Let me give you an example. Let’s say we have three switches, SW1, SW2 and SW3. These switches are connected in a triangle.
Without any Etherchannels, spanning-tree will work and blocks some interfaces to create a loop-free topology…life is good.
Now we try to configure an Etherchannel between SW1 and SW2, we use a protocol like PaGP for negotiation. For some reason, there’s a misconfiguration on one of the physical interfaces. Since we use PaGP, it’s able to detect this and this physical interface will be removed from the etherchannel or the etherchannel won’t come up…life is good.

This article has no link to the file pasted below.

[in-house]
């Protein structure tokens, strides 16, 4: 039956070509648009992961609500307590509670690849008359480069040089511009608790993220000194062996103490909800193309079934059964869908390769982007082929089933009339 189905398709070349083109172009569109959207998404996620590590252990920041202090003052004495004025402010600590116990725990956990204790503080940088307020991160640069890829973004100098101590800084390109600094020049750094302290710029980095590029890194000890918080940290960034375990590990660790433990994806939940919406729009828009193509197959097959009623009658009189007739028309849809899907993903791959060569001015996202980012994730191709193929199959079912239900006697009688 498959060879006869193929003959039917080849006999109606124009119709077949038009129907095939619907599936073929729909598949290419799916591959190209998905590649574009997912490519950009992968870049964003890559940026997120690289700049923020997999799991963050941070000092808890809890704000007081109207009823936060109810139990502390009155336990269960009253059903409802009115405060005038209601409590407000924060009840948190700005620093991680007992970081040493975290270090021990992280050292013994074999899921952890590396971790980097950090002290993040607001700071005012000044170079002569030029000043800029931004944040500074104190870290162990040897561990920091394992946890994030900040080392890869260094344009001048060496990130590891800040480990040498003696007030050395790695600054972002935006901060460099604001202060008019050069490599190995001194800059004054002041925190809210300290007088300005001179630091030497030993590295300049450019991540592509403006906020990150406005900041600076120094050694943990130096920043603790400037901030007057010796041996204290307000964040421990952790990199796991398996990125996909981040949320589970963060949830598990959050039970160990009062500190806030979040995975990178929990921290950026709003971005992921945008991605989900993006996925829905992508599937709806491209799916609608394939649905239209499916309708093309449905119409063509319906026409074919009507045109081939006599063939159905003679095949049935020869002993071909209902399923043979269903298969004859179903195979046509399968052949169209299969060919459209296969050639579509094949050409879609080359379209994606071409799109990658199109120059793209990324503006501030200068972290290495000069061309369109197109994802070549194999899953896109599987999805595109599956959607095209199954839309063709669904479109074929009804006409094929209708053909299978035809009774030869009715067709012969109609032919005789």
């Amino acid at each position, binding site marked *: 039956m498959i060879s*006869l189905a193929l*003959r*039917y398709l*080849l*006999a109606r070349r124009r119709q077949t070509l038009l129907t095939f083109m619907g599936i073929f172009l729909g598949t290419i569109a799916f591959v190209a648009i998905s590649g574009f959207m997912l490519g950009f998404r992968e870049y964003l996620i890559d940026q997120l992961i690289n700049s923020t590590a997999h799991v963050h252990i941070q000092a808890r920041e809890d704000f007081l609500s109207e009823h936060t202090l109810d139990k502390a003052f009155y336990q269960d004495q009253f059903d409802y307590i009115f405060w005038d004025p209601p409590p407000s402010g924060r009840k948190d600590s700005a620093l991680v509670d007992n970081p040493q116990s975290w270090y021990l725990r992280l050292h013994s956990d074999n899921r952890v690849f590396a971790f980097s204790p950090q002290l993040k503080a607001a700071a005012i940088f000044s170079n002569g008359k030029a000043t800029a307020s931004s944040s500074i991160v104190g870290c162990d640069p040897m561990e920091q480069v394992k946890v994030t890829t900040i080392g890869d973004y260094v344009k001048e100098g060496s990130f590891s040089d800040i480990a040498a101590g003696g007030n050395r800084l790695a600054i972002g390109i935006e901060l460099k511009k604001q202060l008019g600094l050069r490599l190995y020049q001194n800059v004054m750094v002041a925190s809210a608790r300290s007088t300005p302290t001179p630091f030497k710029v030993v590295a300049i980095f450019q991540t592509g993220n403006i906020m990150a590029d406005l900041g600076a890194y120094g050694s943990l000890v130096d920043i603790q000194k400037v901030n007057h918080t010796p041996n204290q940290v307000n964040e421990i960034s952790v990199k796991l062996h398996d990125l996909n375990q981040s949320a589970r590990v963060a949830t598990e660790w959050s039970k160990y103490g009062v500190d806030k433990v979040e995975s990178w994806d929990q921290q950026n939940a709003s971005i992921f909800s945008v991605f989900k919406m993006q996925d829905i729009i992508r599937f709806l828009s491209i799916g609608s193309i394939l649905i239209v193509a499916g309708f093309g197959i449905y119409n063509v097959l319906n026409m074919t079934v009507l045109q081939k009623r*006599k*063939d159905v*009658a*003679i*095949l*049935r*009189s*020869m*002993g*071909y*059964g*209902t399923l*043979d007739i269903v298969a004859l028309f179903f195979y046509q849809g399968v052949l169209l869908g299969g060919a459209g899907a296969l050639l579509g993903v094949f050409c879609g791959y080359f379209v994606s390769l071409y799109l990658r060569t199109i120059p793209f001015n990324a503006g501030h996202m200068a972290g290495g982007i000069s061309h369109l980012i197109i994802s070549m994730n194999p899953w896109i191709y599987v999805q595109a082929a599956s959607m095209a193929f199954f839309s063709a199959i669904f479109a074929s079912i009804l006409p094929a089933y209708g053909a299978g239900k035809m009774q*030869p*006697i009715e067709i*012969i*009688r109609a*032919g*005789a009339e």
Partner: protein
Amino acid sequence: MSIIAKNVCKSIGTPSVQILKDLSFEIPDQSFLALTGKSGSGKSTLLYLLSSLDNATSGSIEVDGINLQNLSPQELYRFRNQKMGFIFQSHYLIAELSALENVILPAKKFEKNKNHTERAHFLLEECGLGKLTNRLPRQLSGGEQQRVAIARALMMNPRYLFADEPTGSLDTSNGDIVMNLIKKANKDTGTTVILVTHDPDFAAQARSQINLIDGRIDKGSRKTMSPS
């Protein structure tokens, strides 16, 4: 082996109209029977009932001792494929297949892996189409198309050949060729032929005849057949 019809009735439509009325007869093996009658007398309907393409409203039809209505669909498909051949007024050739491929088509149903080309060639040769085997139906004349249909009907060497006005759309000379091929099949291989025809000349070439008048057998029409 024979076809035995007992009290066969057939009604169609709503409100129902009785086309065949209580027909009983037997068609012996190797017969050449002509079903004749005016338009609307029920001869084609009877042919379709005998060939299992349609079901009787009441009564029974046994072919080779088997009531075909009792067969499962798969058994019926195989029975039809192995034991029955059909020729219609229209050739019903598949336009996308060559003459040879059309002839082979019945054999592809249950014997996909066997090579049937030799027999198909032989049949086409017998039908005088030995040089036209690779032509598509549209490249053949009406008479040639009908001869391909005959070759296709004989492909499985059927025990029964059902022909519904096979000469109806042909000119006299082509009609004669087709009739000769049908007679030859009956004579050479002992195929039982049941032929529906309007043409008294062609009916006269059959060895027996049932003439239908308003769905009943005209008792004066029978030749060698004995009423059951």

Now we want to configure a static Etherchannel between SW2 and SW3. First we configure the static etherchannel on SW2, but for some reason…someone configures the wrong interfaces on SW3. Here’s what might happen:
- SW2 has an Etherchannel and will only send one BPDU to SW3.
- SW3 doesn't have an Etherchannel and will send two BPDUs (one of each physical interface).
- SW3 expects to receive two BPDUs, one on each interface. It's only receiving one though.
- Since SW3 doesn't receive a BPDU, it might put the interface in forwarding mode.
- We now have a loop.
Spanning-tree can do its job but only when your interfaces are configured correctly. When using static Etherchannels, there’s nothing protecting you from misconfiguration.